weak in itself, yet, concentered|lpreter of Prophecy. See also the into one point, shall form a strong works of Mede, Smith, Gill, Hallilight, and strike the sense very fax, Apthorp, and Faber, on the powerfully. Still more ; this evi- subject. dence is not simply a growing evi PROPHESYINGS, religious dence, but is indeed multiplied up- exercises of the clergy in the reign on us, from the number of reflected of queen Elizabeth, instituted for lights which the several component the purpose of promoting knowparts of such a system reciprocally, ledge and piety. "The ministers of ihrow upon each ; till, at length, a particular division at a set time the conviction rise unto a high de- met together in some church of a gree of moral certainty." market or other large town, and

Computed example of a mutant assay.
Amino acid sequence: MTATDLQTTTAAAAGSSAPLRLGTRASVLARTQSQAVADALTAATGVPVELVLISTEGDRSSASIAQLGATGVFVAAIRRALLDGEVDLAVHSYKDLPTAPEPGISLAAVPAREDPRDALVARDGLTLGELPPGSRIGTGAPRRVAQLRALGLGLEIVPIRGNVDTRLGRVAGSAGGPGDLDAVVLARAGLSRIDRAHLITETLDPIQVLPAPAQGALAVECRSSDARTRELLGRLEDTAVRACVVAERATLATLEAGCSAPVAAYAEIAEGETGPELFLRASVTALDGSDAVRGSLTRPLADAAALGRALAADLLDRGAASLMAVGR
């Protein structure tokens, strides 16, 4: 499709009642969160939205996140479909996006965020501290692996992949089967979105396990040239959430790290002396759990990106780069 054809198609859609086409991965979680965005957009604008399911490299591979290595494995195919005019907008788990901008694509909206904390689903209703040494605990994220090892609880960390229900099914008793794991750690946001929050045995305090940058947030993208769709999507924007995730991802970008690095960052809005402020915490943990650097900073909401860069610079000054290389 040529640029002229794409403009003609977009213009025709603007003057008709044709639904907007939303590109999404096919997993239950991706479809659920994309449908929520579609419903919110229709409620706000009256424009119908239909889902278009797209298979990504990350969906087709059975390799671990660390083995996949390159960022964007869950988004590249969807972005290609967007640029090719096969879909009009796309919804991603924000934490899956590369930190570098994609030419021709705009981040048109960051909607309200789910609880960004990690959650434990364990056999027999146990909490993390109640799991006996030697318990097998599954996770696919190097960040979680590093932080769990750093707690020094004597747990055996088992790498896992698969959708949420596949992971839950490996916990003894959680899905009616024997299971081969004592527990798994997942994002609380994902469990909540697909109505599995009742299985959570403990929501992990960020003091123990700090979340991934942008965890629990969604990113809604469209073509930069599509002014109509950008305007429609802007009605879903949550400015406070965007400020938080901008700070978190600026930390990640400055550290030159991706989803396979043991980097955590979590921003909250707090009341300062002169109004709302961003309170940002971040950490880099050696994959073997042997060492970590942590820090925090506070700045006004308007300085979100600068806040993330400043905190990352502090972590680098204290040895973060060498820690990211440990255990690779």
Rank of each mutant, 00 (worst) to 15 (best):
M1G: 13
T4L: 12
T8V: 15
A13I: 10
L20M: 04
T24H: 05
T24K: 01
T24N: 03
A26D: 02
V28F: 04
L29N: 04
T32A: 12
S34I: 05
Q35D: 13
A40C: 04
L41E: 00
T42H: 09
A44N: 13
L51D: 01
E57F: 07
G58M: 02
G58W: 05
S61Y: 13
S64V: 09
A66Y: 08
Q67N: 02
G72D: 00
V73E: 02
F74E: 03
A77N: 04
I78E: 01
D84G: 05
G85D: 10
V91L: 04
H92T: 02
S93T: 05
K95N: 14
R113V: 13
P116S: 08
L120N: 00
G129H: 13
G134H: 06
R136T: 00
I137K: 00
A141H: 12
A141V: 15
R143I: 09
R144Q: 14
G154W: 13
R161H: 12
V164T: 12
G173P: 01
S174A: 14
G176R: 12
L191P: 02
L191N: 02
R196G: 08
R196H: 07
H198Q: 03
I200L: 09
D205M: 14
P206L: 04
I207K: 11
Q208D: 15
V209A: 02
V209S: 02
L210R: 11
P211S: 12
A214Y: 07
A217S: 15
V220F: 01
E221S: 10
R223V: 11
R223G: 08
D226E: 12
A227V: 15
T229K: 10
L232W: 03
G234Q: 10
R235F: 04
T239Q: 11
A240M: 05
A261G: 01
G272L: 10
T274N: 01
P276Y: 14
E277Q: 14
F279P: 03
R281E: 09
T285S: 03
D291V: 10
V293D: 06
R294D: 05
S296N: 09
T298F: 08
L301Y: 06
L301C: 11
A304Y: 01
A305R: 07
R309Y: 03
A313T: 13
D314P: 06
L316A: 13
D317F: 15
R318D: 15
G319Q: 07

Farther; in order to understand there each in their order explainthe prophecies, we must endeavoured, according to their abilities, to find out the true subject of pro- some portion of scripture allotted phecy, that is, precisely what the to them before. This done, a prophets speak of, and the cha- moderator made his observations racters that are applied to that on what had been said, and desubject. The literal sense should termined the true sense of the be always kept in view, and a place, a certain space of time beknowledge of oriental customs at-ing fixed for despatching the whole. tained. The beginning and end These institutions, like all others, of the prophetic sermons must be however, it seems, were abused, carefully observed. The time, as by irregularity, disputations, and near as possible, of the prediction divisions. Archbishop Grindal should be ascertained. An ac- endeavoured to regulate the proquaintance with the method of sal-l|phesyings, and cover them from vation by Christ will greatly assist the objections that the court made us in this work. The mind must against them, by enjoining the mibe unprejudiced, and we should nisters to observe decency and orbe well acquainted with the scrip- der, by forbidding them to meddle tures at large. These rules, with with politics and church governdependance on the Divine teach-ment, and by prohibiting all noning, will assist us in understanding conformist ministers and laymen the prophecies. See Bishop New- from being speakers. The queen ton's Dissertations on the Prophe-| however, was r solved to suppress cies; Bishop Sherlock's Use and them; and having sent for the Intent of Prophecy; Bishop Hurd's archbishop, told him she was inSermons on the Prophecies ; Sirformed that the rites and cere-Isaac Newton's Observations on the monies of the church were not Prophecies of Daniel and the Apoc-duly observed in these prophealypse ; Gray's Key to the Old Tes- syings ; that persons not lawfully tament ; Simson's Key to the Pro-|| called to be ministers exercised in phecies ; Illustrations of Prophe-them; that the assemblies them cy; Kett's History the Inter-selves were illegal, not being al